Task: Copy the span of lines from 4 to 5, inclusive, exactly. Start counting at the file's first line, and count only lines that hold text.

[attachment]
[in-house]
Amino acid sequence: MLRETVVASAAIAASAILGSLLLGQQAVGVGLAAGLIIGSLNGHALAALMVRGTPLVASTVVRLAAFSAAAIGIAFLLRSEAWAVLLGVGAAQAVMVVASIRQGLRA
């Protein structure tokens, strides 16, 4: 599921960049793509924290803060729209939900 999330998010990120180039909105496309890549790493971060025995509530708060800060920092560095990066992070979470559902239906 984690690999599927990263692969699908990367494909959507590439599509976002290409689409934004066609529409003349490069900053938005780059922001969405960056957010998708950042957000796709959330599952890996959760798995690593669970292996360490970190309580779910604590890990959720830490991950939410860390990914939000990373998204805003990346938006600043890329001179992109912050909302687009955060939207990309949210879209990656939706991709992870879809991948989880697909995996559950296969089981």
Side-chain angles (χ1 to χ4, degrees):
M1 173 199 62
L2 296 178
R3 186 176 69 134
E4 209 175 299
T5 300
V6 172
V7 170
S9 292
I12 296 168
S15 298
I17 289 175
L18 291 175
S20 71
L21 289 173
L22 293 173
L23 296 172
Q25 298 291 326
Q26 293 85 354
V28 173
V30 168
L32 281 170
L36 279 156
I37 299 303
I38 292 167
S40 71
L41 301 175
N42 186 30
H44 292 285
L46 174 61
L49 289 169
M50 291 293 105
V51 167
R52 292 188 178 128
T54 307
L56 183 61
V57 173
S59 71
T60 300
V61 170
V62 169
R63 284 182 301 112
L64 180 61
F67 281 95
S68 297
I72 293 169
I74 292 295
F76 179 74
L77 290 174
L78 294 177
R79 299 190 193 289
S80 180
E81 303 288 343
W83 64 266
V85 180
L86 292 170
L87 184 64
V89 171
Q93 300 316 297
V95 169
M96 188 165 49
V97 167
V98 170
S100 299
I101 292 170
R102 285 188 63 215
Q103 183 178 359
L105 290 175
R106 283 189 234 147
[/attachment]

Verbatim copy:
Side-chain angles (χ1 to χ4, degrees):
M1 173 199 62